Format

Send to:

Choose Destination
See comment in PubMed Commons below
Biochem Biophys Res Commun. 2011 Apr 1;407(1):213-8. doi: 10.1016/j.bbrc.2011.03.001. Epub 2011 Mar 4.

A novel mutation of ALK2, L196P, found in the most benign case of fibrodysplasia ossificans progressiva activates BMP-specific intracellular signaling equivalent to a typical mutation, R206H.

Author information

  • 1Division of Pathophysiology, Research Center for Genomic Medicine, Saitama Medical University, 1397-1 Yamane, Hidaka-shi, Saitama 350-1241, Japan.

Abstract

Fibrodysplasia ossificans progressiva (FOP) is a rare autosomal dominant congenital disorder characterized by progressive heterotopic ossification in muscle tissues. Constitutively activated mutants of a bone morphogenetic protein (BMP) receptor, ALK2, have been identified in patients with FOP. Recently, a novel ALK2 mutation, L196P, was found in the most benign case of FOP reported thus far. In the present study, we examined the biological activities of ALK2(L196P) in vitro. Over-expression of ALK2(L196P) induced BMP-specific activities, including the suppression of myogenesis, the induction of alkaline phosphatase activity, increased BMP-specific luciferase reporter activity, and increased phosphorylation of Smad1/5 but not Erk1/2 or p38. The activities of ALK2(L196P) were higher than those of ALK2(G356D), another mutant ALK2 allele found in patients with FOP and were equivalent to those of ALK2(R206H), a typical mutation found in patients with FOP. ALK2(L196P) was equally or more resistant to inhibitors in comparison to ALK2(R206H). These findings suggest that ALK2(L196P) is an activated BMP receptor equivalent to ALK2(R206H) and that ALK2(L196P) activity may be suppressed in vivo by a novel molecular mechanism in patients with this mutation.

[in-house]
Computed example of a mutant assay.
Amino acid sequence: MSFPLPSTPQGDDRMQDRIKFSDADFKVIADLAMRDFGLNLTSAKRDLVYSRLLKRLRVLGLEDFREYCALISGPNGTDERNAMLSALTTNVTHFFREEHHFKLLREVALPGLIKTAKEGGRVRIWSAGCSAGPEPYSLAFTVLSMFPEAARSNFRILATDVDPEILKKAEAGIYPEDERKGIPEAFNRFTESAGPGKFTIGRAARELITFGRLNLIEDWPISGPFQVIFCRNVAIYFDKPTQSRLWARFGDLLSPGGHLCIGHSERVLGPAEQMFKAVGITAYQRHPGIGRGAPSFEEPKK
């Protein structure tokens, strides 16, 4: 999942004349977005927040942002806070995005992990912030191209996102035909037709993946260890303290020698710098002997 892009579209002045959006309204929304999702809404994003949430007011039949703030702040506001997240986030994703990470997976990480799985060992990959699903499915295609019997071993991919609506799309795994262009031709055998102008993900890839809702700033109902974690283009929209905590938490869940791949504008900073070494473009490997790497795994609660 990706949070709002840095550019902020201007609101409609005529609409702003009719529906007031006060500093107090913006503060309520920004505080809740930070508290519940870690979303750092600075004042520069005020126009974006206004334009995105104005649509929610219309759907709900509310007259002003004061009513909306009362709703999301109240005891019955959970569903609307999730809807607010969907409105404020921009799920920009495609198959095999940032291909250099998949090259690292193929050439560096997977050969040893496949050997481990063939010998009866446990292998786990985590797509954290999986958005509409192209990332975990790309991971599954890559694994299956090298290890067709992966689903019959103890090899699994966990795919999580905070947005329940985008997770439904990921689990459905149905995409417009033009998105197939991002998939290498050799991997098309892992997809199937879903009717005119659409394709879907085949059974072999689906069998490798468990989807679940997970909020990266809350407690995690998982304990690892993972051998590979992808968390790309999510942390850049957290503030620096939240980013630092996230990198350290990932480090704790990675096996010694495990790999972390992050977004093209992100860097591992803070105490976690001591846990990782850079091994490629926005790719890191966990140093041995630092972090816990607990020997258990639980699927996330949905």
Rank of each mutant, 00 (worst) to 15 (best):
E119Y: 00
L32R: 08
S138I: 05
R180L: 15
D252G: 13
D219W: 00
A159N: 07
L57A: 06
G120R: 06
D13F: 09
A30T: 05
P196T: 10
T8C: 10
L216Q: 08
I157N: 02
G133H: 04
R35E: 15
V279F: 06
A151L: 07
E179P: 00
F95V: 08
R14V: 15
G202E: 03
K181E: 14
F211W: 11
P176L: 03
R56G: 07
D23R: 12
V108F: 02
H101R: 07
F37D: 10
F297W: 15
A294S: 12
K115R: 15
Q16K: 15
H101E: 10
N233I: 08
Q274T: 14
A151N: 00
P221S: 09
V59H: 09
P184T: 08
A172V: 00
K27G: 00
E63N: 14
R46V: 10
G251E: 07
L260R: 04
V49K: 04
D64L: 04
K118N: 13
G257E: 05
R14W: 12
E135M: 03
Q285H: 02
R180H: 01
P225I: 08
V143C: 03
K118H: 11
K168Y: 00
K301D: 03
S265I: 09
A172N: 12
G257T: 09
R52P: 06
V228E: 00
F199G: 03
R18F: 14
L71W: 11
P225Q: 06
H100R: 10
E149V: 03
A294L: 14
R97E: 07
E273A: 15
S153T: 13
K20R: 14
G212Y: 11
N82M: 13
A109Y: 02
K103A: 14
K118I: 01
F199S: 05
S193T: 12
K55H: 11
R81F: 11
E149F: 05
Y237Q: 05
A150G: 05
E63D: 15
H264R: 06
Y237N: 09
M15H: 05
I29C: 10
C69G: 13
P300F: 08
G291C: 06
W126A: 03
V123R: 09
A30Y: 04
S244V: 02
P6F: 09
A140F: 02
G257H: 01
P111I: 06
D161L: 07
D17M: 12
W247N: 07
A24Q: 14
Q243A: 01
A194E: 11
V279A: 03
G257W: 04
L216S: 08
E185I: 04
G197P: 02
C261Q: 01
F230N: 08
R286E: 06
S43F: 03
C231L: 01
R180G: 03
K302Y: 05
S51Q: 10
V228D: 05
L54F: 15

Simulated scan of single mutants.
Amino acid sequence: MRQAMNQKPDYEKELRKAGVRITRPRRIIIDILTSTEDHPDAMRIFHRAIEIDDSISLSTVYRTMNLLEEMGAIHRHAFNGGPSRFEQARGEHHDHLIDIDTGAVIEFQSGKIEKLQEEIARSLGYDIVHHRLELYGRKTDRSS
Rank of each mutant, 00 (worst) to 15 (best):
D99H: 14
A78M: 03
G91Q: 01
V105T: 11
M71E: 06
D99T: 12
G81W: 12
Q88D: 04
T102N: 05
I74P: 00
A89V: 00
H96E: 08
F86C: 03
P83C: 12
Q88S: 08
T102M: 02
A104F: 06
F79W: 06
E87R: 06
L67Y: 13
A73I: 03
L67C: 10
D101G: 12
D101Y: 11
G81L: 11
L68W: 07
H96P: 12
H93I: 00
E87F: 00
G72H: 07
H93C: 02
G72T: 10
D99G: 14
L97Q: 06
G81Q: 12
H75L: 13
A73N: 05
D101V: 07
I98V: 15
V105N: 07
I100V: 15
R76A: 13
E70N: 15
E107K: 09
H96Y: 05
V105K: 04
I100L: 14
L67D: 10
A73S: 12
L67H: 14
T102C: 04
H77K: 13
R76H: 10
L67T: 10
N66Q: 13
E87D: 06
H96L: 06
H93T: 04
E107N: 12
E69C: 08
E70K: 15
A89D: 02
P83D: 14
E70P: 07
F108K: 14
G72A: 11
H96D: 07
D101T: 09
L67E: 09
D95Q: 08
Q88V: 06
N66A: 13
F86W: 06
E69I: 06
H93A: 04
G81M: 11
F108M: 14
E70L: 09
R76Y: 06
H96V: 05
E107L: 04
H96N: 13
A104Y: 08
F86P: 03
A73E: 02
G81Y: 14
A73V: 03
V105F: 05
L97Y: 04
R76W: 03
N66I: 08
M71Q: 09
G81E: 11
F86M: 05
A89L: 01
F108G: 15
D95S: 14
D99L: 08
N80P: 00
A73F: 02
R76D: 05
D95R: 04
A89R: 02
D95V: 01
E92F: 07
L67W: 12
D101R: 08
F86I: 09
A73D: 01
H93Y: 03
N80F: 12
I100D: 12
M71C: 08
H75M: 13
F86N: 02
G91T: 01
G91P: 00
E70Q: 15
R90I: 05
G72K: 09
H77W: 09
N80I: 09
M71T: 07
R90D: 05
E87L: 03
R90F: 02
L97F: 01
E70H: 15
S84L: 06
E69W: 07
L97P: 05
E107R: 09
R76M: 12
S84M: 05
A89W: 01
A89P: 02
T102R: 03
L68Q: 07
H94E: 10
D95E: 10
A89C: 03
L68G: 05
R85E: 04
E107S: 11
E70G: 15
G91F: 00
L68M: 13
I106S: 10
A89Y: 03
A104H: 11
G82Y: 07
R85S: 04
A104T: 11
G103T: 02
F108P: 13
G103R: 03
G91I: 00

Copyright © 2011 Elsevier Inc. All rights reserved.

PMID:
21377447
[PubMed - indexed for MEDLINE]
PubMed Commons home

PubMed Commons

0 comments
How to join PubMed Commons

    Supplemental Content

    Full text links

    Icon for Elsevier Science
    Loading ...
    Write to the Help Desk